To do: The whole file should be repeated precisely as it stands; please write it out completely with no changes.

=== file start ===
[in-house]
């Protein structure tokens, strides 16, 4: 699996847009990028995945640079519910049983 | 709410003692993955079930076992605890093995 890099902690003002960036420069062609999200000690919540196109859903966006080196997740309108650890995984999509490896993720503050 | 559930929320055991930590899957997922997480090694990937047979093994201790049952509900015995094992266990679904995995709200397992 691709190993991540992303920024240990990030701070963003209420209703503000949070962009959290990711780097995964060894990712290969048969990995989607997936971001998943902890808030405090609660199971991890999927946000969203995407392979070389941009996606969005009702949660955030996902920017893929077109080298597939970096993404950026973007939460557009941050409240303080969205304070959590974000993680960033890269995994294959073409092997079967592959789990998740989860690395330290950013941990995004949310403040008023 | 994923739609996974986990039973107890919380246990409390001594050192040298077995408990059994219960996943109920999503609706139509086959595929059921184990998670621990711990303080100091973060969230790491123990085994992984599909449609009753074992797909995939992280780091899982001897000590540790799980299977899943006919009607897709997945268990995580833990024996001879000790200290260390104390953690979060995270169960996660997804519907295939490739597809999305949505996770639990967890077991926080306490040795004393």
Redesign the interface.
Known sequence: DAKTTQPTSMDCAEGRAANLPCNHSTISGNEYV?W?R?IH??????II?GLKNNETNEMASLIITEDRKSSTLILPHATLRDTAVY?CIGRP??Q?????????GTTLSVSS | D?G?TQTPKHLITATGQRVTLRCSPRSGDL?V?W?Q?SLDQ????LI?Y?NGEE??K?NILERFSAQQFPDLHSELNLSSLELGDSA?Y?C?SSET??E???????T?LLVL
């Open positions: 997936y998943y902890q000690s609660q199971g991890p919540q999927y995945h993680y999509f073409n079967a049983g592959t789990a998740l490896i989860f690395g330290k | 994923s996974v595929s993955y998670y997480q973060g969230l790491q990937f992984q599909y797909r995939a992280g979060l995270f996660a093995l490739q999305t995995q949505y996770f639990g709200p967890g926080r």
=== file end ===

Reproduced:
[in-house]
């Protein structure tokens, strides 16, 4: 699996847009990028995945640079519910049983 | 709410003692993955079930076992605890093995 890099902690003002960036420069062609999200000690919540196109859903966006080196997740309108650890995984999509490896993720503050 | 559930929320055991930590899957997922997480090694990937047979093994201790049952509900015995094992266990679904995995709200397992 691709190993991540992303920024240990990030701070963003209420209703503000949070962009959290990711780097995964060894990712290969048969990995989607997936971001998943902890808030405090609660199971991890999927946000969203995407392979070389941009996606969005009702949660955030996902920017893929077109080298597939970096993404950026973007939460557009941050409240303080969205304070959590974000993680960033890269995994294959073409092997079967592959789990998740989860690395330290950013941990995004949310403040008023 | 994923739609996974986990039973107890919380246990409390001594050192040298077995408990059994219960996943109920999503609706139509086959595929059921184990998670621990711990303080100091973060969230790491123990085994992984599909449609009753074992797909995939992280780091899982001897000590540790799980299977899943006919009607897709997945268990995580833990024996001879000790200290260390104390953690979060995270169960996660997804519907295939490739597809999305949505996770639990967890077991926080306490040795004393």
Redesign the interface.
Known sequence: DAKTTQPTSMDCAEGRAANLPCNHSTISGNEYV?W?R?IH??????II?GLKNNETNEMASLIITEDRKSSTLILPHATLRDTAVY?CIGRP??Q?????????GTTLSVSS | D?G?TQTPKHLITATGQRVTLRCSPRSGDL?V?W?Q?SLDQ????LI?Y?NGEE??K?NILERFSAQQFPDLHSELNLSSLELGDSA?Y?C?SSET??E???????T?LLVL
């Open positions: 997936y998943y902890q000690s609660q199971g991890p919540q999927y995945h993680y999509f073409n079967a049983g592959t789990a998740l490896i989860f690395g330290k | 994923s996974v595929s993955y998670y997480q973060g969230l790491q990937f992984q599909y797909r995939a992280g979060l995270f996660a093995l490739q999305t995995q949505y996770f639990g709200p967890g926080r």